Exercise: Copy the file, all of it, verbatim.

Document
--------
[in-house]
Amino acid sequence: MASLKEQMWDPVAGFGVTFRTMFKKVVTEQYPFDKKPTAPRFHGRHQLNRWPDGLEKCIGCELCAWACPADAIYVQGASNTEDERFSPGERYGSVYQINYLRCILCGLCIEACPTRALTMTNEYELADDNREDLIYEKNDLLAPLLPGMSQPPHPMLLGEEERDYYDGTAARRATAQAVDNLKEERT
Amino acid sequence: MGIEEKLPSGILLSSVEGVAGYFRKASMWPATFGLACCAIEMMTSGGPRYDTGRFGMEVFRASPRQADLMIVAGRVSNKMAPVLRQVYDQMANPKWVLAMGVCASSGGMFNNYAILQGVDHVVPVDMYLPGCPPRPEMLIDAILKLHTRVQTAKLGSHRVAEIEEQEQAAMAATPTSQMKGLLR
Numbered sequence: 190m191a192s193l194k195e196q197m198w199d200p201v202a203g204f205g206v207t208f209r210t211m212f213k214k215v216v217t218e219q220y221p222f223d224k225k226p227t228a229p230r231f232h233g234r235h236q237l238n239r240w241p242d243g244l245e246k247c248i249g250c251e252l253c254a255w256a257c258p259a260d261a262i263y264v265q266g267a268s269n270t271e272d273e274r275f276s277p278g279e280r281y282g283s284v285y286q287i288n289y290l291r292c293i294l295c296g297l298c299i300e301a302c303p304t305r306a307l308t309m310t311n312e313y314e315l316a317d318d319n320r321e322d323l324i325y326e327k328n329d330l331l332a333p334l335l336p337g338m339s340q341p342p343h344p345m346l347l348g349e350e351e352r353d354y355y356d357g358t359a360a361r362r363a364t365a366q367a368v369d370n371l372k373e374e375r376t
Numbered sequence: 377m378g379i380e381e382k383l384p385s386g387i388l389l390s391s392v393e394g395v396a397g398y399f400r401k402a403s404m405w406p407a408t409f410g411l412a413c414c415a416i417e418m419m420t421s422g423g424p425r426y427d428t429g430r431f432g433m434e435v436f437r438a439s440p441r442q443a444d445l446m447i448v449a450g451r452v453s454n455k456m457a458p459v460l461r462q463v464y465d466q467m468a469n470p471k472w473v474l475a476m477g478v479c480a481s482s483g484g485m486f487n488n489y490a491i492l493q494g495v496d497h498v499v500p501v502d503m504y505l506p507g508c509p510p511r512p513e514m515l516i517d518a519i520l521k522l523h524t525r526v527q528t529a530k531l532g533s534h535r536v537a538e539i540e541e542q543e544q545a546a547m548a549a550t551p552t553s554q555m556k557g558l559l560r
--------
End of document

[in-house]
Amino acid sequence: MASLKEQMWDPVAGFGVTFRTMFKKVVTEQYPFDKKPTAPRFHGRHQLNRWPDGLEKCIGCELCAWACPADAIYVQGASNTEDERFSPGERYGSVYQINYLRCILCGLCIEACPTRALTMTNEYELADDNREDLIYEKNDLLAPLLPGMSQPPHPMLLGEEERDYYDGTAARRATAQAVDNLKEERT
Amino acid sequence: MGIEEKLPSGILLSSVEGVAGYFRKASMWPATFGLACCAIEMMTSGGPRYDTGRFGMEVFRASPRQADLMIVAGRVSNKMAPVLRQVYDQMANPKWVLAMGVCASSGGMFNNYAILQGVDHVVPVDMYLPGCPPRPEMLIDAILKLHTRVQTAKLGSHRVAEIEEQEQAAMAATPTSQMKGLLR
Numbered sequence: 190m191a192s193l194k195e196q197m198w199d200p201v202a203g204f205g206v207t208f209r210t211m212f213k214k215v216v217t218e219q220y221p222f223d224k225k226p227t228a229p230r231f232h233g234r235h236q237l238n239r240w241p242d243g244l245e246k247c248i249g250c251e252l253c254a255w256a257c258p259a260d261a262i263y264v265q266g267a268s269n270t271e272d273e274r275f276s277p278g279e280r281y282g283s284v285y286q287i288n289y290l291r292c293i294l295c296g297l298c299i300e301a302c303p304t305r306a307l308t309m310t311n312e313y314e315l316a317d318d319n320r321e322d323l324i325y326e327k328n329d330l331l332a333p334l335l336p337g338m339s340q341p342p343h344p345m346l347l348g349e350e351e352r353d354y355y356d357g358t359a360a361r362r363a364t365a366q367a368v369d370n371l372k373e374e375r376t
Numbered sequence: 377m378g379i380e381e382k383l384p385s386g387i388l389l390s391s392v393e394g395v396a397g398y399f400r401k402a403s404m405w406p407a408t409f410g411l412a413c414c415a416i417e418m419m420t421s422g423g424p425r426y427d428t429g430r431f432g433m434e435v436f437r438a439s440p441r442q443a444d445l446m447i448v449a450g451r452v453s454n455k456m457a458p459v460l461r462q463v464y465d466q467m468a469n470p471k472w473v474l475a476m477g478v479c480a481s482s483g484g485m486f487n488n489y490a491i492l493q494g495v496d497h498v499v500p501v502d503m504y505l506p507g508c509p510p511r512p513e514m515l516i517d518a519i520l521k522l523h524t525r526v527q528t529a530k531l532g533s534h535r536v537a538e539i540e541e542q543e544q545a546a547m548a549a550t551p552t553s554q555m556k557g558l559l560r